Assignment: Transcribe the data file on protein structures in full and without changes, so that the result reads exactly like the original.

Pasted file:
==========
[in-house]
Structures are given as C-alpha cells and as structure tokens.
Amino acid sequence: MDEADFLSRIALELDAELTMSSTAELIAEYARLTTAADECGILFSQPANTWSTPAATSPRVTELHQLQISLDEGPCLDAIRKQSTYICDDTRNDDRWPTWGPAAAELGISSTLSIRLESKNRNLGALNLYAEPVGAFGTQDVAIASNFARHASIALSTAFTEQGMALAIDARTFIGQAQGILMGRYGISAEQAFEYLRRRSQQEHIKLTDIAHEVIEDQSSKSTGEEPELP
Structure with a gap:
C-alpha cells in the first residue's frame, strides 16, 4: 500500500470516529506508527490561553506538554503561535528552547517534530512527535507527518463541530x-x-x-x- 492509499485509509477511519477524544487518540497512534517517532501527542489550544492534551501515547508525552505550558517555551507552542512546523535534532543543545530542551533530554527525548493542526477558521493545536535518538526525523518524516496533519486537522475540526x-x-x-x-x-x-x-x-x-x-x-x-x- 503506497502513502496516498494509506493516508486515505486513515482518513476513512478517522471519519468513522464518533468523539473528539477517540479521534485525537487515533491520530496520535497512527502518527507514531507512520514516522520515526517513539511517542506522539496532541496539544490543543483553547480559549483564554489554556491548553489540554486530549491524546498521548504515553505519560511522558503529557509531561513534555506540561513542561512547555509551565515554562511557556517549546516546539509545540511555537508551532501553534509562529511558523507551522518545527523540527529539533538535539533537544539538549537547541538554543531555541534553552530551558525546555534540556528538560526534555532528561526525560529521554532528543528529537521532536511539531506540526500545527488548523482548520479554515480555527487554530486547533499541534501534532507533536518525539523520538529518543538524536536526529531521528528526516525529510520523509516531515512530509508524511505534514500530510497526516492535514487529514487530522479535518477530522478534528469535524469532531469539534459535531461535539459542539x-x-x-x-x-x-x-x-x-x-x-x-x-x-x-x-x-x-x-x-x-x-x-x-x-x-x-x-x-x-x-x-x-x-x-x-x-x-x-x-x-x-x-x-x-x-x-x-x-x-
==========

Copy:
[in-house]
Structures are given as C-alpha cells and as structure tokens.
Amino acid sequence: MDEADFLSRIALELDAELTMSSTAELIAEYARLTTAADECGILFSQPANTWSTPAATSPRVTELHQLQISLDEGPCLDAIRKQSTYICDDTRNDDRWPTWGPAAAELGISSTLSIRLESKNRNLGALNLYAEPVGAFGTQDVAIASNFARHASIALSTAFTEQGMALAIDARTFIGQAQGILMGRYGISAEQAFEYLRRRSQQEHIKLTDIAHEVIEDQSSKSTGEEPELP
Structure with a gap:
C-alpha cells in the first residue's frame, strides 16, 4: 500500500470516529506508527490561553506538554503561535528552547517534530512527535507527518463541530x-x-x-x- 492509499485509509477511519477524544487518540497512534517517532501527542489550544492534551501515547508525552505550558517555551507552542512546523535534532543543545530542551533530554527525548493542526477558521493545536535518538526525523518524516496533519486537522475540526x-x-x-x-x-x-x-x-x-x-x-x-x- 503506497502513502496516498494509506493516508486515505486513515482518513476513512478517522471519519468513522464518533468523539473528539477517540479521534485525537487515533491520530496520535497512527502518527507514531507512520514516522520515526517513539511517542506522539496532541496539544490543543483553547480559549483564554489554556491548553489540554486530549491524546498521548504515553505519560511522558503529557509531561513534555506540561513542561512547555509551565515554562511557556517549546516546539509545540511555537508551532501553534509562529511558523507551522518545527523540527529539533538535539533537544539538549537547541538554543531555541534553552530551558525546555534540556528538560526534555532528561526525560529521554532528543528529537521532536511539531506540526500545527488548523482548520479554515480555527487554530486547533499541534501534532507533536518525539523520538529518543538524536536526529531521528528526516525529510520523509516531515512530509508524511505534514500530510497526516492535514487529514487530522479535518477530522478534528469535524469532531469539534459535531461535539459542539x-x-x-x-x-x-x-x-x-x-x-x-x-x-x-x-x-x-x-x-x-x-x-x-x-x-x-x-x-x-x-x-x-x-x-x-x-x-x-x-x-x-x-x-x-x-x-x-x-x-